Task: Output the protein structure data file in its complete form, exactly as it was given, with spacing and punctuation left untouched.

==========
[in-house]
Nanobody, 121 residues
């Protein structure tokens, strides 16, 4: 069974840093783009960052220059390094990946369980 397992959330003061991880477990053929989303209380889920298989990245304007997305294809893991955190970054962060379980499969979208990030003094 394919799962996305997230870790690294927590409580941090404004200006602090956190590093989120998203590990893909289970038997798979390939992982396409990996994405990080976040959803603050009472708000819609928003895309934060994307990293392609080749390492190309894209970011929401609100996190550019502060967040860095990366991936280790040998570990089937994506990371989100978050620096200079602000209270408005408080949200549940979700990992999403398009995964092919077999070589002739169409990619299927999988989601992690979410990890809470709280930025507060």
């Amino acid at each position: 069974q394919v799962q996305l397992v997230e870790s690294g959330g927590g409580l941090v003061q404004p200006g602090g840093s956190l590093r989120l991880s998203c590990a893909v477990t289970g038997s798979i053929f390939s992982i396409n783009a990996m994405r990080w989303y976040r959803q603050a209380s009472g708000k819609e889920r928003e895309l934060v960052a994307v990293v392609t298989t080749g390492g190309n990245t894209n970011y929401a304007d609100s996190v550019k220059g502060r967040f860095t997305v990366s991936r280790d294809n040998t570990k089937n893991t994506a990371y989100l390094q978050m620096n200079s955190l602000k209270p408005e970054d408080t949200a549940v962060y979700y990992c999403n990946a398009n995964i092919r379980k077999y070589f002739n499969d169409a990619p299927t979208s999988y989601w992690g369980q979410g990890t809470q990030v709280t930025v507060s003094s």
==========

[in-house]
Nanobody, 121 residues
């Protein structure tokens, strides 16, 4: 069974840093783009960052220059390094990946369980 397992959330003061991880477990053929989303209380889920298989990245304007997305294809893991955190970054962060379980499969979208990030003094 394919799962996305997230870790690294927590409580941090404004200006602090956190590093989120998203590990893909289970038997798979390939992982396409990996994405990080976040959803603050009472708000819609928003895309934060994307990293392609080749390492190309894209970011929401609100996190550019502060967040860095990366991936280790040998570990089937994506990371989100978050620096200079602000209270408005408080949200549940979700990992999403398009995964092919077999070589002739169409990619299927999988989601992690979410990890809470709280930025507060």
């Amino acid at each position: 069974q394919v799962q996305l397992v997230e870790s690294g959330g927590g409580l941090v003061q404004p200006g602090g840093s956190l590093r989120l991880s998203c590990a893909v477990t289970g038997s798979i053929f390939s992982i396409n783009a990996m994405r990080w989303y976040r959803q603050a209380s009472g708000k819609e889920r928003e895309l934060v960052a994307v990293v392609t298989t080749g390492g190309n990245t894209n970011y929401a304007d609100s996190v550019k220059g502060r967040f860095t997305v990366s991936r280790d294809n040998t570990k089937n893991t994506a990371y989100l390094q978050m620096n200079s955190l602000k209270p408005e970054d408080t949200a549940v962060y979700y990992c999403n990946a398009n995964i092919r379980k077999y070589f002739n499969d169409a990619p299927t979208s999988y989601w992690g369980q979410g990890t809470q990030v709280t930025v507060s003094s």